Daytrips and afternoon drives, within a stone’s throw
Two words – Intelligentsia coffee. Housed on the second floor of a darling, century old red brick building, fresh baked goods, creative sandwiches such as BL roasted T, and a duo of soups house made daily. Main Street’s back!
Tucked away in the hills just beyond the Wassaic station is this cozy, surprising hideaway. Helmed by Chef / Owner Serge Madikians, the exquisite Mediterranean cuisine is imbued with the flavors of the Middle East, a celebration of the traditions of his Armenian background. Superb service from the time the breadbasket arrives to the final sip of a well-crafted drink. Request a seat by the fireplace when making your well-advised reservation.
Make like the 1920’s NYC literary set and make a date with this stately stone country inn. Set on over forty verdant acres, the resort features an English garden, babbling brook and an internationally recognized restaurant.
An art star comes to the Berkshire Mountain foothills in the nearby hamlet of Wassaic. A multi-disciplinary residency program and contemporary exhibition space within an exceptional old mill, their annual summer festival is not to be missed. An inspired example of community integration.
It’s about time we got some tapas around here! This is a favorite stop after (or before) catching a first run at The Moviehouse a few doors down. And they made finding the place easy. Holed up there on a recent rainy night with sangria, plate of patatas bravas and live guitar music, we were temporarily transported to Spain – but glad to be so close to home.
It sure looks like a chain, but this is actually a good jewelry store with both fine and funky gems. Great for repairs and restyling.
We have bikes and will admit to letting them gather dust for a while until we found the HVRT. Built from the remnants of the old train tracks currently connecting Wassaic to Millerton, but with plans for expansion all the way up to Chatham, the trail traverses creeks, winds through foliage and cuts through mossy rock formations. In other words, it’s a spectacular bike route – flat, free of cars so family (and out of shape) friendly.
The reward for completing that bike ride – the most delectable PB&J ever. We don’t know if it’s the jam or excellent bread, but these things are tasty! There’s also something slightly mischievous about having a “kid’s” sandwich in the casually elegant surroundings of a tearoom. Speaking of…you know the name, but did you realize it the quality brand was based here? A food lover’s stop, the boutique offers all manner of hostess and entertaining gifts and the expansive tasting bar can answer all your burning leaf questions.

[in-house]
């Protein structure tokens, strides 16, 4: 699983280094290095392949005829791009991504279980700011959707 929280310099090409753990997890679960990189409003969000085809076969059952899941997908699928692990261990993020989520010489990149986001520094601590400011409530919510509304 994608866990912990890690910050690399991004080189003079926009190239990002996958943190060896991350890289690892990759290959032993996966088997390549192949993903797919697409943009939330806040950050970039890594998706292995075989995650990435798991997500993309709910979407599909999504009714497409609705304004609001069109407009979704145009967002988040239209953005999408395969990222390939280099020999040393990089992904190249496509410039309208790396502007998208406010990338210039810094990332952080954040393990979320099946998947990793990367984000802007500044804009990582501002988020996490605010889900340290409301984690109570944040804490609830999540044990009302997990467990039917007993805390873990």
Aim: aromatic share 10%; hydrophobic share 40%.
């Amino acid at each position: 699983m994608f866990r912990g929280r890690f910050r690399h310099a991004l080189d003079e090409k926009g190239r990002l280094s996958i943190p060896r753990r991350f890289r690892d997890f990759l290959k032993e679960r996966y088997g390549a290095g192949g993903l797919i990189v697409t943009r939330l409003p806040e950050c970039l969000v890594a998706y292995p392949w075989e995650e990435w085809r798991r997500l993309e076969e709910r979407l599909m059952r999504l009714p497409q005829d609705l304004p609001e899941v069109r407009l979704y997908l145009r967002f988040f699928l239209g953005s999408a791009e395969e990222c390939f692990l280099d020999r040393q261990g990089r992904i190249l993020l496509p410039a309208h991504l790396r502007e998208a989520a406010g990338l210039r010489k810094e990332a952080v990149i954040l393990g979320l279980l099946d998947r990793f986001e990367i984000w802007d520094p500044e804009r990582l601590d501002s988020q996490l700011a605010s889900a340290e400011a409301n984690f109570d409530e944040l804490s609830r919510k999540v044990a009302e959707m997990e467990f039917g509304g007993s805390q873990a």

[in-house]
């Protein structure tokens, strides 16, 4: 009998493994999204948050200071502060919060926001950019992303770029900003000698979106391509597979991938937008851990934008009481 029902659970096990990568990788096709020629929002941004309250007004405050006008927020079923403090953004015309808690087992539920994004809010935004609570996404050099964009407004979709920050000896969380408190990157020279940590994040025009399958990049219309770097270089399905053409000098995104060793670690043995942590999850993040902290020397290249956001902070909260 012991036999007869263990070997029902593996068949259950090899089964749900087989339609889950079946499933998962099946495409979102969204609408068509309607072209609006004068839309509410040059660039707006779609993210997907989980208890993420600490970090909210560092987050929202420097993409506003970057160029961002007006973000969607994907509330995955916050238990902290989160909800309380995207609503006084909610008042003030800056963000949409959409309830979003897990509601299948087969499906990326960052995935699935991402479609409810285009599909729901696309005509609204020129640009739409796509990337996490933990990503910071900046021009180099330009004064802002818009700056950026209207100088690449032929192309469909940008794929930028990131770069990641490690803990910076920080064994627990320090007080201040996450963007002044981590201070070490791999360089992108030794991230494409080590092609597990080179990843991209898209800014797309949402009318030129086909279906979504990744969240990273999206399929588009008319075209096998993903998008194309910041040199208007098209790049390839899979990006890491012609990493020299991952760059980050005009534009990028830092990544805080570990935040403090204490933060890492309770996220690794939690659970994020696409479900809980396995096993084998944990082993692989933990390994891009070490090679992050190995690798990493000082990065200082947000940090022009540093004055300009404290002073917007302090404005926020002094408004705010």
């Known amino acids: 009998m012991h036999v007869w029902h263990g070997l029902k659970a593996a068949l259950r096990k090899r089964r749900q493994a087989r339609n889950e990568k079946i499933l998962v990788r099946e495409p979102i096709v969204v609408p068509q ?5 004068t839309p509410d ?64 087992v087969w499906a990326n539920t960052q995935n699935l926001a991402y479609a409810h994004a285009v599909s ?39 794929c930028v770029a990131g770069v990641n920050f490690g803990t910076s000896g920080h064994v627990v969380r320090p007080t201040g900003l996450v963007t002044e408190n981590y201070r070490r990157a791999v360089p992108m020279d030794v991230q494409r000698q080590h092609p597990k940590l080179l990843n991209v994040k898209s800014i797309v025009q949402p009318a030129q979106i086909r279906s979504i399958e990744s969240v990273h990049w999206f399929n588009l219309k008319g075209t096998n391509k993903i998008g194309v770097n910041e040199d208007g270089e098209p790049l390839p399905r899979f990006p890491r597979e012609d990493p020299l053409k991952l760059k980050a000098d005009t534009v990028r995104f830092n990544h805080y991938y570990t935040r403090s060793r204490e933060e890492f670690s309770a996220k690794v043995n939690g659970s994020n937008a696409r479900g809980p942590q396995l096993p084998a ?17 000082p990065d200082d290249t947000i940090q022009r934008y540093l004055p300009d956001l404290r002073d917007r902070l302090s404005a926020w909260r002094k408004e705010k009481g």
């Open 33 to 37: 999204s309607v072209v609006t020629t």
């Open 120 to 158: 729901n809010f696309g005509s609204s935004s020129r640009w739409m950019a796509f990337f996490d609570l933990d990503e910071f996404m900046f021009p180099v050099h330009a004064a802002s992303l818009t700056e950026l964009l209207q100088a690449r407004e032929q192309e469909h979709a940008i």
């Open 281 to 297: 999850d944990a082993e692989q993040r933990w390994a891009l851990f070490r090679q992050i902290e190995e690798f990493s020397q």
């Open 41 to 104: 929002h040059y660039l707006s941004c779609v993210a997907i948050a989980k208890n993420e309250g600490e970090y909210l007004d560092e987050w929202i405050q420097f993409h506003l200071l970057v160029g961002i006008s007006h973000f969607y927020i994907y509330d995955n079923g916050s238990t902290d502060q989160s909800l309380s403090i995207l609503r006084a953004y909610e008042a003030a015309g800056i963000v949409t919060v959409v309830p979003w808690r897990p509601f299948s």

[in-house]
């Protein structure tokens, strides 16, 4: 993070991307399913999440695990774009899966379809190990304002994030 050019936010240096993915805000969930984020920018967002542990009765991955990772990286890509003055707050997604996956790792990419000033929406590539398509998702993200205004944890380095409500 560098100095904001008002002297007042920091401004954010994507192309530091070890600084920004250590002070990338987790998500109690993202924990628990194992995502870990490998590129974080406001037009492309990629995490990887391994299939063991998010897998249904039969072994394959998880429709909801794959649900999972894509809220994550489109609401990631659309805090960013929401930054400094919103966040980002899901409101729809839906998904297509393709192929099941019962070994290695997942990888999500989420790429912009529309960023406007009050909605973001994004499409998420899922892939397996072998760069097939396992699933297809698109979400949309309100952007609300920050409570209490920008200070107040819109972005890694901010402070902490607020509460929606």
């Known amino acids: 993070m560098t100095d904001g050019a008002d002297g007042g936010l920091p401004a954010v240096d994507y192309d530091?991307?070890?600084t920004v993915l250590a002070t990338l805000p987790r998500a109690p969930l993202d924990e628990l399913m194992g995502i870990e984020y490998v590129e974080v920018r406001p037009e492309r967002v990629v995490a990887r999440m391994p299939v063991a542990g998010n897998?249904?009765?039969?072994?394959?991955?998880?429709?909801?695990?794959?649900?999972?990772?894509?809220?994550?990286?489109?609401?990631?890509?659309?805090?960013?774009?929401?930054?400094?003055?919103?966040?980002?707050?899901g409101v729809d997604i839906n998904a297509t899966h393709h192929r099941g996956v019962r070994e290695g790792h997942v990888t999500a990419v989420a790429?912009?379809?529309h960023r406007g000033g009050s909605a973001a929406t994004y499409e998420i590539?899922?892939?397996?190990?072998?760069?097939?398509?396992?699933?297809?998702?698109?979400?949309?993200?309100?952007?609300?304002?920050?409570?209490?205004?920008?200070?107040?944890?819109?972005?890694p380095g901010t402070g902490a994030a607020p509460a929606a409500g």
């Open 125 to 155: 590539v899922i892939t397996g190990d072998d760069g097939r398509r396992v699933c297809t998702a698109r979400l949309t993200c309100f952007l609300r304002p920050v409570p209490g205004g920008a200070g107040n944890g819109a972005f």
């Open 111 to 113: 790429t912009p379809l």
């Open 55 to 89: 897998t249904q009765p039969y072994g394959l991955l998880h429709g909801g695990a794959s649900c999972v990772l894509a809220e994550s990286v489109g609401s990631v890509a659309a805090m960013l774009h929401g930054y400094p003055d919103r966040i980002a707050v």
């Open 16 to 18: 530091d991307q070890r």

We wish it were ours, though guess that’s the point. With reasonable prices yet impeccably chosen merchandise, your home can benefit from a touch of the owner’s creativity.
A cross between an antiques store, a museum, and a flea market, this shop has a most unusual and quirky collection of objects and furniture. The merchandise is beautifully displayed, and the pieces scan a range of styles, from industrial to mid-century, to country. Cut yourself sometime to browse in this fun store.
Chummy spot and a cup of Joe that will keep you from pining for a certain chain’s brew. The beans are grown from estates around the world, but weekenders might recognize the aroma of the roasted beans from the java house’s multiple Manhattan locations. Locals love the original as a hub and for baked on premises grub. We’re talking cookies. Big ones.
Little shop of flora – stunning, artfully designed arrangements and hand selected gifts from the garden make this boutique an absolute visit for flower lovers. Her imaginative color combinations and displays are quite literally a breath of fresh, fragrant air.